Festive Fungi

The fungi kingdom is full of mysterious textures, smells, tastes and bright colours.

Scarlet elf cup fungi growing on a mossy log

Mushrooms even have the ability to appear as if from nowhere! It's no surprise, then, that magical fungi names are commonplace. 

And it’s not just their enchanting names we can enjoy. Luckily for us, fungi gift-giving is not limited to the holiday period! All year round, the environment and people benefit from the numerous ecosystem services fungi provide: decomposition, nutrient recycling and a delicious food source, too.

For now, to help you get into the holiday spirit, here are our favourite festive fungi names for you to enjoy.

 

Green elf cup (Chlorociboria aeruginascens)

green elfcup fungi on wood

Fit for decorating a festive fiesta, the green elf cup can be found on decaying wood and sits between 1mm-5mm wide. Despite their small size, these delicate fungi are easily identifiable as the colour green is very rare in the fungi kingdom! Keep your eye out for some beautiful turquoise-green stained deadwood, which can be found in every season.  

 

Scarlet elf cup (Sarcoscypha austriaca)
 
Scarlet elf cup fungi growing on a mossy log

If the green elf cup doesn’t match your festive décor, then the scarlet elf cup surely will! Look out for this eye-catching cup fungus on damp woodland floors between December and April. You may mistake this fungus for the ruby elf cup (Sarcoscypha coccinea) which is almost indistinguishable except for its tiny, microscopic hairs.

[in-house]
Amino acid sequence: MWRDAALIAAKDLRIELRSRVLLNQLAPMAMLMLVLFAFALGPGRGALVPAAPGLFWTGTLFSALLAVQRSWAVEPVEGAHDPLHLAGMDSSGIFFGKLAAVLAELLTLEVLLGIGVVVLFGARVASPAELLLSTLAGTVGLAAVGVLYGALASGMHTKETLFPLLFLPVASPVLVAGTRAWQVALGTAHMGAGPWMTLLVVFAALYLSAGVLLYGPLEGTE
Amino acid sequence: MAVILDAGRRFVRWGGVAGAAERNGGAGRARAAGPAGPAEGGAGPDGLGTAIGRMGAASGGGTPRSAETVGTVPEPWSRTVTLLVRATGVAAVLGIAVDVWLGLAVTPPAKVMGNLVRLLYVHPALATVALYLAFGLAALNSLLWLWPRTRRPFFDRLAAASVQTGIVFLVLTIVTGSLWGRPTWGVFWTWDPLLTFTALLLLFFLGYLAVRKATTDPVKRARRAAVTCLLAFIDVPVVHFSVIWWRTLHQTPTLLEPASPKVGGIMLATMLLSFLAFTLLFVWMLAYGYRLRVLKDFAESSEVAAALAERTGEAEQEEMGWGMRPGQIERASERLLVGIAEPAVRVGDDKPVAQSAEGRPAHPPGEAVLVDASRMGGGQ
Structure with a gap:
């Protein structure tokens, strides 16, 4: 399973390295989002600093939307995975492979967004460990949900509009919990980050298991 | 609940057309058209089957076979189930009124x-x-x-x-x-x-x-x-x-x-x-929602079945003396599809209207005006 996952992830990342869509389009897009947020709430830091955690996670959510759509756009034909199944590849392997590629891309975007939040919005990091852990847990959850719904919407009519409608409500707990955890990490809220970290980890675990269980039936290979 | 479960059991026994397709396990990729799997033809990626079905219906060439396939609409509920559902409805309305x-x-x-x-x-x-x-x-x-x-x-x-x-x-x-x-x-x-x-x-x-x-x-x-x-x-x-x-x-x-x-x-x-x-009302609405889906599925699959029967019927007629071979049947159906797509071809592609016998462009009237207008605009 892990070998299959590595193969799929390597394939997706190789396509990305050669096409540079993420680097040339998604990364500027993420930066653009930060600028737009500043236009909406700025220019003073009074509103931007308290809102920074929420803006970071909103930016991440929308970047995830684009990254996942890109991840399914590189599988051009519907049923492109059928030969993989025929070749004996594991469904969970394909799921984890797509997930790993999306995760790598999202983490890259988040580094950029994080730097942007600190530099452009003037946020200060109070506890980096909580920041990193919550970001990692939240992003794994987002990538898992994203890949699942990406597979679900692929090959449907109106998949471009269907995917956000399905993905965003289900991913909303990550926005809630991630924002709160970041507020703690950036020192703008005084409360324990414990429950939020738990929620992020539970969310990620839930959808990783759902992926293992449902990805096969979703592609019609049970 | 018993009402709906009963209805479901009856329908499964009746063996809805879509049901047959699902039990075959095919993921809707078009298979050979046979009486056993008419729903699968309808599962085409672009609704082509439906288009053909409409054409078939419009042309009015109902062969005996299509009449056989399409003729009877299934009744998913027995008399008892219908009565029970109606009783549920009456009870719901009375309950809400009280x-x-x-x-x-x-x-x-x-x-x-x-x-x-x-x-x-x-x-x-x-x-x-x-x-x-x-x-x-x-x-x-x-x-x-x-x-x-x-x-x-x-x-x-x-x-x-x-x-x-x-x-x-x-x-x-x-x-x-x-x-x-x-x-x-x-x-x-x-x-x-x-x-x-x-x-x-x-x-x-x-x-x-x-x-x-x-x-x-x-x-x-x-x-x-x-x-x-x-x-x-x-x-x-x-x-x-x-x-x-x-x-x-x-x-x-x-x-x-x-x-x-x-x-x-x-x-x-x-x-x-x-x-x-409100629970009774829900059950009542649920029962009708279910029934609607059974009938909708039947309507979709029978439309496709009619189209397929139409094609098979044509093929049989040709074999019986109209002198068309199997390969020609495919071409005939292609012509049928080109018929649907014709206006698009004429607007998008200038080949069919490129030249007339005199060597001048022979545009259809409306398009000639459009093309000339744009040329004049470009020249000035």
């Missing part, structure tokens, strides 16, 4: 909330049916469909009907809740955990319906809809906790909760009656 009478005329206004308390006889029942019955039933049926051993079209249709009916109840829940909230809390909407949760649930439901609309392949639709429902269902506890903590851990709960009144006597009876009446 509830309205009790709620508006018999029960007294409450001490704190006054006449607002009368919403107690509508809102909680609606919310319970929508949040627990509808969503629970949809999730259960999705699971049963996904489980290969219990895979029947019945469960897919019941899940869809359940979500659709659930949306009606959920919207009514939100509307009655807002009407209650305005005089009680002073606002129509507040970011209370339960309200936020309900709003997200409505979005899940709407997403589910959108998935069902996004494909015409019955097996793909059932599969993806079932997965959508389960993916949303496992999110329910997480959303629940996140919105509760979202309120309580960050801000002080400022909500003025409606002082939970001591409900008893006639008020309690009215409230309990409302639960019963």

Orange peel fungus (Aleuria aurantia)

orange peel fungus

Have you been naughty or nice this year? You’d be forgiven for thinking that someone had already eaten the orange from your stocking! This fungal fruiting body begins its life cup-shaped, before deforming into a distorted cup, giving it a peel-like appearance. Although it can be found on decaying wood, this species is fond of disturbed soil too, so keep an eye out along woodland paths.  
 

Collared earthstar (Geastrum triplex)

Collared earthstar fungus

Like a fallen star from the long winter nights, this 7-10cm wide fruiting body has a very distinctive festive shape. However, you won’t be finding it decorating the top of a tree! If you want to find one of these, search on the forest floor and amongst leaf litter in deciduous woodlands.  

Fun fact for a festive quiz: did you know there are 15 different earthstar species found in Britain?
 

Turkey tail (Trametes versicolor)
Turkey tail fungus growing on a tree

There’s no doubt about where this fan-shaped bracket fungus got its name! With its varying-coloured rings, this beautiful species has been used historically as a table-decorating centrepiece. You can find this fungus commonly growing on decaying wood, brightening up the winter woodland with its layered shelves.


Can you think of any more festive fungi?

Share them with us on social media and tag us @growwilduk.


Want some fascinating facts to impress over the holiday period?

Catch-up on our Grow Wild Live session with Mark Williams to learn all about the basics of fungi and fungi identification.